HIV Cure

While there is currently no cure for HIV, advances in treatment have made it possible for people with HIV to live long and healthy lives. We also now have more tools to halt the epidemic through treatment, prevention and education. Still, a cure would expedite this goal and facilitate the global eradication of HIV/AIDS. For this reason, NIAID invests in basic and clinical research with the ultimate goal of developing a safe, affordable and scalable cure for HIV and AIDS. 

Many people involved in HIV cure research acknowledge that, much like the best treatments for HIV, an HIV cure may be made up of a combination of agents and approaches. Because of the nature of HIV infection, a cure for HIV can also be defined in two ways: sustained viral remission and viral eradication. 

Sustained Viral Remission

Many people living with HIV who adhere to regular antiretroviral therapy (ART) have undetectable levels of HIV in their blood. While these individuals have a negligible risk of transmitting the virus and are less likely to experience most symptoms and complications, latent HIV still remains in certain body tissues—a phenomenon known as the HIV reservoir. If those with ART-suppressed HIV stop taking medication, harmful levels of HIV will rebound. Sustained viral remission, also known as a functional cure, refers to treatment or vaccination that would result in prolonged undetectable levels of HIV without regular therapy.Read more about sustained viral remission research at NIAID.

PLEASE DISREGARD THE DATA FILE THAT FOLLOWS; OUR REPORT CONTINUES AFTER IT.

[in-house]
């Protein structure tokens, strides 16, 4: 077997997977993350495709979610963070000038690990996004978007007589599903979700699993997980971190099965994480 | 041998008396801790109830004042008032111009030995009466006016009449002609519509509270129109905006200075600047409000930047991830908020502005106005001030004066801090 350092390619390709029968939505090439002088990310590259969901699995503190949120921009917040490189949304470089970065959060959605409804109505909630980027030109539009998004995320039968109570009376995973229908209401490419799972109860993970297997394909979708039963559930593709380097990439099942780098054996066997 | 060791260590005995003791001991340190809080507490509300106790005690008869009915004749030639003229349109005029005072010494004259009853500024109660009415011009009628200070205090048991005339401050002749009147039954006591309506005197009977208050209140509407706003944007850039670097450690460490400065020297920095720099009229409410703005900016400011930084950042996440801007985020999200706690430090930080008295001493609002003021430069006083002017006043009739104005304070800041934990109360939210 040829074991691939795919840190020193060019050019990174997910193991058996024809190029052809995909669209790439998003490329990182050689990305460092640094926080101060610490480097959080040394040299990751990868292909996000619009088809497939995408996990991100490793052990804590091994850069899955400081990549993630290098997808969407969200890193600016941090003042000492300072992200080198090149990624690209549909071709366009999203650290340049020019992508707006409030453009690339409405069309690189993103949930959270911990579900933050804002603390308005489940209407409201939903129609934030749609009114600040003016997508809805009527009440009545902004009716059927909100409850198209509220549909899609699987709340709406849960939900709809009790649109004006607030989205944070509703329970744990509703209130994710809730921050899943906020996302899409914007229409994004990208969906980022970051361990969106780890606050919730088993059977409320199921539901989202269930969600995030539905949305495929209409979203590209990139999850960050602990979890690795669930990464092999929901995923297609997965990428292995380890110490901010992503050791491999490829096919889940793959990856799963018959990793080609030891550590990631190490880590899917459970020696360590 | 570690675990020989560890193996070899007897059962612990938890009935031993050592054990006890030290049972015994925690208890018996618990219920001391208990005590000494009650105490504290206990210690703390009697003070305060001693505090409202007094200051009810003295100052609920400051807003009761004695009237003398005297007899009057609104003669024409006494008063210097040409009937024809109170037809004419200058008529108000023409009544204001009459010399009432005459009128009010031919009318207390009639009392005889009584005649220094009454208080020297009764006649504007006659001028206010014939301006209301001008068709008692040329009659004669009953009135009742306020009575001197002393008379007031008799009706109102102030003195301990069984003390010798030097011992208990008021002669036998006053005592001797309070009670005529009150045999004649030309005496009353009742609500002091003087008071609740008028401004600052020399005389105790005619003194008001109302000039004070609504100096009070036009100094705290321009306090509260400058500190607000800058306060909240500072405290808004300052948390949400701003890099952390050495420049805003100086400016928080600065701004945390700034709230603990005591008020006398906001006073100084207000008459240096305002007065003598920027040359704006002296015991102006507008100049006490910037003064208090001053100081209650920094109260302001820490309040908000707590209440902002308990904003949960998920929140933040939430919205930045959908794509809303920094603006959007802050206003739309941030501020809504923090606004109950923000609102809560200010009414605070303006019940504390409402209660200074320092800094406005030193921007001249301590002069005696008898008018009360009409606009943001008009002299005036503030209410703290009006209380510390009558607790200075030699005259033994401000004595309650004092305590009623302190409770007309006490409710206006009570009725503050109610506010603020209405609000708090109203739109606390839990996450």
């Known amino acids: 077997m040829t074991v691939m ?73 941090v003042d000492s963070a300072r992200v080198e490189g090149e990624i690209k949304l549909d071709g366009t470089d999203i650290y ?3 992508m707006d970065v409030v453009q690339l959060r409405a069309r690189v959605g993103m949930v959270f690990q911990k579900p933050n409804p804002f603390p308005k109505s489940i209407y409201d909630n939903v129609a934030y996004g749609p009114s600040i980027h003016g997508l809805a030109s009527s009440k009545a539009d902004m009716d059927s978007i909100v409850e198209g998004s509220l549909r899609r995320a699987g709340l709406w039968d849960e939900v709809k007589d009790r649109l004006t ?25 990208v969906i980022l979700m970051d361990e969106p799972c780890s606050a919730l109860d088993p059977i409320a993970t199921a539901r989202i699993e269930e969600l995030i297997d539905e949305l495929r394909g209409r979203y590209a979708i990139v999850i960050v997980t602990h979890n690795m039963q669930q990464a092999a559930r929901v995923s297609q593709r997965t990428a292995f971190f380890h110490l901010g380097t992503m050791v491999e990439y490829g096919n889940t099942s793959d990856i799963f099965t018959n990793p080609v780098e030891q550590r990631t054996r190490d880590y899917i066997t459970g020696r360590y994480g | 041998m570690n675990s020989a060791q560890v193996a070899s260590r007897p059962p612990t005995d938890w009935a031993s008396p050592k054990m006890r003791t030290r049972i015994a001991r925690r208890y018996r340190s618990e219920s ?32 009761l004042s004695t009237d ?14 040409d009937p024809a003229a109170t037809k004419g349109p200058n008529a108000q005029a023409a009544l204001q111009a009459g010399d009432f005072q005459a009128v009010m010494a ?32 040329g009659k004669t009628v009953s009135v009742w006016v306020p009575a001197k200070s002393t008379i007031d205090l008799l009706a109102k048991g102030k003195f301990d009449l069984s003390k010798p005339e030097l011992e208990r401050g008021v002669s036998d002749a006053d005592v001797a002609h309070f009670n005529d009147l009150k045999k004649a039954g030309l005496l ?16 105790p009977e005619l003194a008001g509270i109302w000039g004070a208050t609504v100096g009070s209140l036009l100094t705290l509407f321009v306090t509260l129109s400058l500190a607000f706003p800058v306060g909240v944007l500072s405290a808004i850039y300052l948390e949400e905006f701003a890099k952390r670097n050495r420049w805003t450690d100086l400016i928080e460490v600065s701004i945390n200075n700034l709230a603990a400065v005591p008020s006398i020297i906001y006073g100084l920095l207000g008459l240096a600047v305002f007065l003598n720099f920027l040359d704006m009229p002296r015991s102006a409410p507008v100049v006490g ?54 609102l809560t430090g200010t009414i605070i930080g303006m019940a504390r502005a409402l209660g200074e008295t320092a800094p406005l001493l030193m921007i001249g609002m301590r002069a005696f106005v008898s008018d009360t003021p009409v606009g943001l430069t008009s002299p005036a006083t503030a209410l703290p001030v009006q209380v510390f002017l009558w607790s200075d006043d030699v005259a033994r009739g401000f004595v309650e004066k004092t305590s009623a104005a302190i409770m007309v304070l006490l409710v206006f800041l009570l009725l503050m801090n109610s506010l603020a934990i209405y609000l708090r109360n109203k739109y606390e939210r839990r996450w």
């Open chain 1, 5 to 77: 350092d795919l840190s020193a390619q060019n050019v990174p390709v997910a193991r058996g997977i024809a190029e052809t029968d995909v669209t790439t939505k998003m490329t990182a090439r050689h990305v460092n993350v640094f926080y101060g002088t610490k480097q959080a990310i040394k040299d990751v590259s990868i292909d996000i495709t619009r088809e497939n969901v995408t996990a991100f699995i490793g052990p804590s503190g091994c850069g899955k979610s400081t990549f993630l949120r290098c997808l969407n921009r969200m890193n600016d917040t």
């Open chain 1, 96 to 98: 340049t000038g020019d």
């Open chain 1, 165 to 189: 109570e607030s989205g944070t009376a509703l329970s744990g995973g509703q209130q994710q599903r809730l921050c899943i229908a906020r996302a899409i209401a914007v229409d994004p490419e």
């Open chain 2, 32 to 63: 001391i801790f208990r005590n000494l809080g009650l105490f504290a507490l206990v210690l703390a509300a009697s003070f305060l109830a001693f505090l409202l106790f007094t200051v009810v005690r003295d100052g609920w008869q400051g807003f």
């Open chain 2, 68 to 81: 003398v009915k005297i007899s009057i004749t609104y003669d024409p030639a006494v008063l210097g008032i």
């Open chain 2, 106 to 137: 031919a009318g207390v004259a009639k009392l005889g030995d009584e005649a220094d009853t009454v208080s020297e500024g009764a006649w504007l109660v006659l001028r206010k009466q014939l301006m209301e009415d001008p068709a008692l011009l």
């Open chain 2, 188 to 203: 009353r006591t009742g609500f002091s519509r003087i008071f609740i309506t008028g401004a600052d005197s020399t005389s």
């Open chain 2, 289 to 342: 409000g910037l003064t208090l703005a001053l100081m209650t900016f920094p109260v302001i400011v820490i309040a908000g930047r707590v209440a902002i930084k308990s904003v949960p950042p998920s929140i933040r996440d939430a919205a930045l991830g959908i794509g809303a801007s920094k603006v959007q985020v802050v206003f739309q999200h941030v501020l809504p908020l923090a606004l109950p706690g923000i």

Viral Eradication

In a viral eradication cure scenario, HIV would not only be undetectable in the blood but also would be completely absent from an individual’s body. Viral eradication research is generally expected to require two experimental strategies to be used in conjunction with one another. The first step is to prompt latent HIV to replicate so that the infected cell expresses HIV proteins. The second step involves enhancing the immune system of the person living with HIV or employing other agents to recognize and kill the cells expressing HIV proteins, thereby clearing the latent virus from the body. Read more about NIAID research efforts to achieve viral eradication.

Content last reviewed on March 22, 2017